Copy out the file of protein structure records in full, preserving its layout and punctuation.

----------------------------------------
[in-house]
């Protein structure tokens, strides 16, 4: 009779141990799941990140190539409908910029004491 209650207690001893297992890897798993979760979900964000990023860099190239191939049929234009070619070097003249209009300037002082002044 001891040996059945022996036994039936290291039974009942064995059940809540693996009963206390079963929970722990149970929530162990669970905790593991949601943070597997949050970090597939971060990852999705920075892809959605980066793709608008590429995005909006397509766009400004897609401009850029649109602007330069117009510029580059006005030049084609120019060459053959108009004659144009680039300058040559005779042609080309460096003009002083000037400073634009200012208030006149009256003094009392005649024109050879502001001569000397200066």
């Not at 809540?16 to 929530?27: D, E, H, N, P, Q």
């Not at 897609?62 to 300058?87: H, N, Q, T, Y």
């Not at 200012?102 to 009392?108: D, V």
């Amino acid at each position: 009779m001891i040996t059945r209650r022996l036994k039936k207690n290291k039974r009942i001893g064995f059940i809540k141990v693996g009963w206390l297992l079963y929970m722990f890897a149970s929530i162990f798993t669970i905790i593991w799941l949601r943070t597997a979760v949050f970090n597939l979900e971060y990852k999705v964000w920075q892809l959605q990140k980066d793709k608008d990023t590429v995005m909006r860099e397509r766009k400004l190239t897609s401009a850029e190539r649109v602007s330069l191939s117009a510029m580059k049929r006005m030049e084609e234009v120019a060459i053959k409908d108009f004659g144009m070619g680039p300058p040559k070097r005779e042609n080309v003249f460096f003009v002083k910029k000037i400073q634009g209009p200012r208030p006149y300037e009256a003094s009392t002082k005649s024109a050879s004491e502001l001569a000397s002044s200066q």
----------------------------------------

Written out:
[in-house]
């Protein structure tokens, strides 16, 4: 009779141990799941990140190539409908910029004491 209650207690001893297992890897798993979760979900964000990023860099190239191939049929234009070619070097003249209009300037002082002044 001891040996059945022996036994039936290291039974009942064995059940809540693996009963206390079963929970722990149970929530162990669970905790593991949601943070597997949050970090597939971060990852999705920075892809959605980066793709608008590429995005909006397509766009400004897609401009850029649109602007330069117009510029580059006005030049084609120019060459053959108009004659144009680039300058040559005779042609080309460096003009002083000037400073634009200012208030006149009256003094009392005649024109050879502001001569000397200066």
């Not at 809540?16 to 929530?27: D, E, H, N, P, Q």
């Not at 897609?62 to 300058?87: H, N, Q, T, Y």
């Not at 200012?102 to 009392?108: D, V």
């Amino acid at each position: 009779m001891i040996t059945r209650r022996l036994k039936k207690n290291k039974r009942i001893g064995f059940i809540k141990v693996g009963w206390l297992l079963y929970m722990f890897a149970s929530i162990f798993t669970i905790i593991w799941l949601r943070t597997a979760v949050f970090n597939l979900e971060y990852k999705v964000w920075q892809l959605q990140k980066d793709k608008d990023t590429v995005m909006r860099e397509r766009k400004l190239t897609s401009a850029e190539r649109v602007s330069l191939s117009a510029m580059k049929r006005m030049e084609e234009v120019a060459i053959k409908d108009f004659g144009m070619g680039p300058p040559k070097r005779e042609n080309v003249f460096f003009v002083k910029k000037i400073q634009g209009p200012r208030p006149y300037e009256a003094s009392t002082k005649s024109a050879s004491e502001l001569a000397s002044s200066q």